The Jaguar F-Type is unabashed theater. Short, low and packing as much character as an early Robin Williams stand-up routine, the only thing that one-ups this sport coupe’s visuals is how it tackles curvy roads. The 2021 F-Type also packs a few new upgrades that improve its daily livability, but make no mistake — there’s still a whole lot of ridiculousness hiding under its svelte new sheetmetal.
- Sounds like cannon fire
- All-star hustle
- Surprisingly pliant in daily use
- Quieter than it used to be
- Mediocre infotainment
- Limited interior storage
I wasn’t exactly keen on the F-Type’s new face in photos, but now that I’m laying eyes on it in person, I’ve come around. The front end’s slimmer headlights actually give the car more visual width, making it look even more of a hulking brute than before. Some of the sharp body lines have been softened, too, bringing its overall silhouette closer to, say, a Mercedes-AMG GT. Throw in a heapin’ helpin’ of Sorrento Yellow paint ($4,550) and my tester’s optional 20-inch wheels ($1,100) and you’ll be turning necks in no time flat. And since there’s a V8 under the hood, there are four positively honkin’ tailpipes out back to project the song of its people far and wide.
Inside, a pair of redesigned seats offer solid support without feeling constricting, and as before, the leather feels premium on every surface it graces. The interior can feel a bit drab in its monochromatic hue, but the aluminum trim helps break things up a bit. Visibility is decent for a sports coupe, with a tight view through the rearview mirror, but it’s not as bad as the AMG GT, which has such a small windshield that it’s hard to see stoplights.
Jaguar and its sister company Land Rover haven’t ever really been top of the pops when it comes to in-car tech, albeit not for a lack of trying, and the 2021 F-Type stays the course in that regard. Gone is the old physical gauge cluster, and in its place is the same 12.3-inch screen found on just about every other new Jaguar and Land Rover in existence. It’s flexible, so you can display a bunch of information on either side of a single tachometer, or you can shove that stuff between two more traditionally designed gauges.
Living in the dashboard is the Touch Pro infotainment system on a 10-inch screen. It’s much better than the last generation of telematics tech, but it’s still pokey to respond and a little confusing to navigate, and some of the icons on the screen are decidedly hard to hit, even at a standstill. Navigation is standard, as is 4G LTE Wi-Fi hotspot. When it comes time to charge, there are two suitably powerful USB-A ports in the center armrest. For those micromanagers out there, Jaguar’s connected-car app works with both phones and the Apple Watch ($399 at Apple), and it allows owners to remotely lock, unlock and start the car, in addition to offering up basic vehicle information at a glance., and a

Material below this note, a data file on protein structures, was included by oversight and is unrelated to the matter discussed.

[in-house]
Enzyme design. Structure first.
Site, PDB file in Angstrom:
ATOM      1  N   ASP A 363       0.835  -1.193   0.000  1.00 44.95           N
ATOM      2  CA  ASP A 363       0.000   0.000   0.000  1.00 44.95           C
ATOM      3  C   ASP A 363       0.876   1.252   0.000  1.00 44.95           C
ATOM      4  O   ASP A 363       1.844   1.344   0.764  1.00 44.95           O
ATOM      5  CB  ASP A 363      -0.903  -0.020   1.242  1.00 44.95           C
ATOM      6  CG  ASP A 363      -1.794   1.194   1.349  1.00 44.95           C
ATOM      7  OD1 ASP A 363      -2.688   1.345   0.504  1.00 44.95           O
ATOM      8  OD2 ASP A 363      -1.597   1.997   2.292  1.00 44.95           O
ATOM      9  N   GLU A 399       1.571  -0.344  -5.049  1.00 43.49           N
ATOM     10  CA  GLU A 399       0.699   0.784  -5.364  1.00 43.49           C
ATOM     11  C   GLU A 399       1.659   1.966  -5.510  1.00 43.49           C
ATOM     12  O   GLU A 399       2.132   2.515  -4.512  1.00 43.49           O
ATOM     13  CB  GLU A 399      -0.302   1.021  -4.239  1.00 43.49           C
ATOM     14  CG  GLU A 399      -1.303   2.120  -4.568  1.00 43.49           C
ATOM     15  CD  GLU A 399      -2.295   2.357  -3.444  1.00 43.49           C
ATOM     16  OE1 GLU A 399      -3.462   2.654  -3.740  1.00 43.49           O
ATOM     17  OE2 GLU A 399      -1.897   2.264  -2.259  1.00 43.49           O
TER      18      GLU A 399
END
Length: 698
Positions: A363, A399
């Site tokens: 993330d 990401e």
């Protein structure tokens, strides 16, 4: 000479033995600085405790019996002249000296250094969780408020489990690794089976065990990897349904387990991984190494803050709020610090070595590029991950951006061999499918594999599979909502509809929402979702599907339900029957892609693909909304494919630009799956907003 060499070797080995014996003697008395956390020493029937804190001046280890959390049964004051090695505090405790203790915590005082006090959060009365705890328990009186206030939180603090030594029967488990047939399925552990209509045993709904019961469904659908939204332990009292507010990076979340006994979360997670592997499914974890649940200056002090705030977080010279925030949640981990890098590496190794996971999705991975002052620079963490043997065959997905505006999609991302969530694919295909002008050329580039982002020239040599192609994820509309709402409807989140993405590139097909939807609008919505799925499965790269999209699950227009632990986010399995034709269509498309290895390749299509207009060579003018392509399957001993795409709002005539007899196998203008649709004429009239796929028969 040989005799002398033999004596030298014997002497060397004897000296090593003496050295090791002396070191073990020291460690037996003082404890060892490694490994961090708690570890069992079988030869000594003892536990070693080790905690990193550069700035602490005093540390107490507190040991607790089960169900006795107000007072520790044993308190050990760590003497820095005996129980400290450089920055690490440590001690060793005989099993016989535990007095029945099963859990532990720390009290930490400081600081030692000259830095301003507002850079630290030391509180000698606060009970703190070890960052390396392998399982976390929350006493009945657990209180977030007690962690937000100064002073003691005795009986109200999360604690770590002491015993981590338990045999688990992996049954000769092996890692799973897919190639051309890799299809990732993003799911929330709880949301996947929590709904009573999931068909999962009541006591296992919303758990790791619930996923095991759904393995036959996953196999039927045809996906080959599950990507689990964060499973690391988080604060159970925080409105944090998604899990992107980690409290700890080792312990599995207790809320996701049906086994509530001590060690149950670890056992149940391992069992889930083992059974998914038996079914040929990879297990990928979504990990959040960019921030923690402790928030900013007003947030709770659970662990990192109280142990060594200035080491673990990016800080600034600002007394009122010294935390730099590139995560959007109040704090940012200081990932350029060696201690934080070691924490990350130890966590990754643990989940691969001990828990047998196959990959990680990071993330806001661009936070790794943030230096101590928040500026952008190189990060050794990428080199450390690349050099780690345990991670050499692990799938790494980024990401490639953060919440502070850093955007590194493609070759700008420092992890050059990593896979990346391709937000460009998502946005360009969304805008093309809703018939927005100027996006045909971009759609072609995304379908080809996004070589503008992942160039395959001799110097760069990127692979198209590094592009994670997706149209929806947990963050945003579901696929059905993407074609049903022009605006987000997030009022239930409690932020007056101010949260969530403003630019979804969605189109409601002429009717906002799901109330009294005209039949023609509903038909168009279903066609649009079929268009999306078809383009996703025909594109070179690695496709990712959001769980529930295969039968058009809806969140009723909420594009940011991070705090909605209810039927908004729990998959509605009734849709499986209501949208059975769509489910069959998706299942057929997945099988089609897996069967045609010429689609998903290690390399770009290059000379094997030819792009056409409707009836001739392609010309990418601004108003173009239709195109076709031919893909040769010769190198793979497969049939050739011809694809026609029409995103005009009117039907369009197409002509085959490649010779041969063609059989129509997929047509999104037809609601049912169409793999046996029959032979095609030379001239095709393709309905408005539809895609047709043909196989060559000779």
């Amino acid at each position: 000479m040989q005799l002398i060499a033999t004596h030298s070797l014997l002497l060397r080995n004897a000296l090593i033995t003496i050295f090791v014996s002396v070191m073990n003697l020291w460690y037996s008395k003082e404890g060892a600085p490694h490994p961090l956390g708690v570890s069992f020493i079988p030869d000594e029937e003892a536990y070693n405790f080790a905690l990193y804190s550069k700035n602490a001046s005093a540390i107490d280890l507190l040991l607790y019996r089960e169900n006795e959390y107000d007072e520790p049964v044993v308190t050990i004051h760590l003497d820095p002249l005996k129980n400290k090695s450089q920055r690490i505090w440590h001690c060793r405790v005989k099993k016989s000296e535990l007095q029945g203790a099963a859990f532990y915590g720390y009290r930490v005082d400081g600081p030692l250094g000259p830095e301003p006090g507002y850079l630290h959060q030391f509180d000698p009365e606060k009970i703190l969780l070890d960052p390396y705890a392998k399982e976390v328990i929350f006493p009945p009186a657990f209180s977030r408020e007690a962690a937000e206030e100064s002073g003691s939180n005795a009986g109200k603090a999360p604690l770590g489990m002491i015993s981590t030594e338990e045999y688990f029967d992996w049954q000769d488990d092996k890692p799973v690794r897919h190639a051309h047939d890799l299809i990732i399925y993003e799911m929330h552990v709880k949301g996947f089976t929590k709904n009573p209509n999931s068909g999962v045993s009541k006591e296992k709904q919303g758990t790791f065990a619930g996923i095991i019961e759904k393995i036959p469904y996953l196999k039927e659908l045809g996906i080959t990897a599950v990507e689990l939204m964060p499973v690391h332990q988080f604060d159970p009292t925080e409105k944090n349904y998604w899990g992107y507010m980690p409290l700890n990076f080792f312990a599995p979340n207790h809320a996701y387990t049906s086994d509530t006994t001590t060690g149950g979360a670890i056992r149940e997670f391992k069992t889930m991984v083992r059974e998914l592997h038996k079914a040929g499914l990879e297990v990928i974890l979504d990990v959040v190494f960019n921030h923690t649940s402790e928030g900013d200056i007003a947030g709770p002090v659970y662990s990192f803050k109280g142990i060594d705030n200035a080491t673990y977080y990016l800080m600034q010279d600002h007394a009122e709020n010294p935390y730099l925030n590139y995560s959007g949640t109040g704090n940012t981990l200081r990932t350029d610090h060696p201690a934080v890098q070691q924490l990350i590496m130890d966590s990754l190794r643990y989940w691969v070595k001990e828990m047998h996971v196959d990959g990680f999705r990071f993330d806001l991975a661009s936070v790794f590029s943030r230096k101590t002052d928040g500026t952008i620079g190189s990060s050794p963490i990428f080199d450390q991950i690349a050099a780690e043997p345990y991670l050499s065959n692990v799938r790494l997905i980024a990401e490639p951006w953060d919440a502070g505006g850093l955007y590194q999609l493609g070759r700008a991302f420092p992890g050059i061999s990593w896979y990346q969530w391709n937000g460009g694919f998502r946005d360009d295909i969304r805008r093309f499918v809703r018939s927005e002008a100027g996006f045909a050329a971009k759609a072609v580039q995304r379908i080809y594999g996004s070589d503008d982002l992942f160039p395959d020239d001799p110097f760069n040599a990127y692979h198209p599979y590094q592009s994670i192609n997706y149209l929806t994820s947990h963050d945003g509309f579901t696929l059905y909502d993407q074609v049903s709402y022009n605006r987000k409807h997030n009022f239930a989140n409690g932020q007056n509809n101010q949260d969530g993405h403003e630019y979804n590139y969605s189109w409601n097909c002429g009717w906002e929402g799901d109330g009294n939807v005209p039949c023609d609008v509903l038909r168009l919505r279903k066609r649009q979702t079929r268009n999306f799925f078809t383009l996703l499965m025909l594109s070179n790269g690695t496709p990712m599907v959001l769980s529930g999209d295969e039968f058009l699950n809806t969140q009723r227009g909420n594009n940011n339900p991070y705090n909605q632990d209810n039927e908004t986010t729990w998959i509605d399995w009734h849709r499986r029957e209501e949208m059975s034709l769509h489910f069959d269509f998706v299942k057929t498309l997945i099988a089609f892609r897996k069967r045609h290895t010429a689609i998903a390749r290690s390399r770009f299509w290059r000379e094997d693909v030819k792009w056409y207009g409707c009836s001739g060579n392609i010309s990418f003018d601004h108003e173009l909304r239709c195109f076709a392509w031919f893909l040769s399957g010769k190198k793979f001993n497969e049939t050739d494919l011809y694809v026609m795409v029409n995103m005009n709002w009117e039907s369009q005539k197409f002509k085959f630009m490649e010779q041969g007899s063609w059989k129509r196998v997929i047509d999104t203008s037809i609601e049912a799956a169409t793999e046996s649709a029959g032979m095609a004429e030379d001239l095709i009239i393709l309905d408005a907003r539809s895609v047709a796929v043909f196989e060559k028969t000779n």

The only true bummer inside the 2021 F-Type, though, is its lack of storage options. The glove compartment is decently sized, but the door pockets are quite small, as are the cup holders, as is the cubby under the armrest. The hatchback offers up a decent 14.4 cubic feet of storage — a whopping 4.3 cubes more than the Mercedes-AMG GT coupe can muster — which is enough for a decent amount of groceries or a set of golf clubs.
But the F-Type’s visuals are only half of the gut-punch this car delivers 24/7/365. Every inch of the Jaguar’s existence is dedicated to making its driver giggle with delight. Despite a bit of a neutering to make room for an even more bonkers SVR variant, the F-Type R’s standard active exhaust still barks to life each morning with a nice, healthy brrap that settles into basso profundo aggression — and that’s before flipping the tailpipe button on the center console.
In suburban life, the 2021 F-Type is impressively pliant. The car’s standard adaptive suspension has been further refined, and it doesn’t take long for me to notice just how smooth the F-Type feels as I worm my way through traffic. Despite the 20-inch rollers and thin-enough Pirelli P-Zero summer tires (265/35 front, 305/30 rear), most road annoyances disappear in the dampers, but the inherent stiffness in this coupe’s small body means I never forget what car I’m actually in. The interior’s road noise is largely determined by the quality of pavement underfoot, but wind noise is minimal at worst. Leave everything in its default mode and the result is a surprisingly capable daily driver.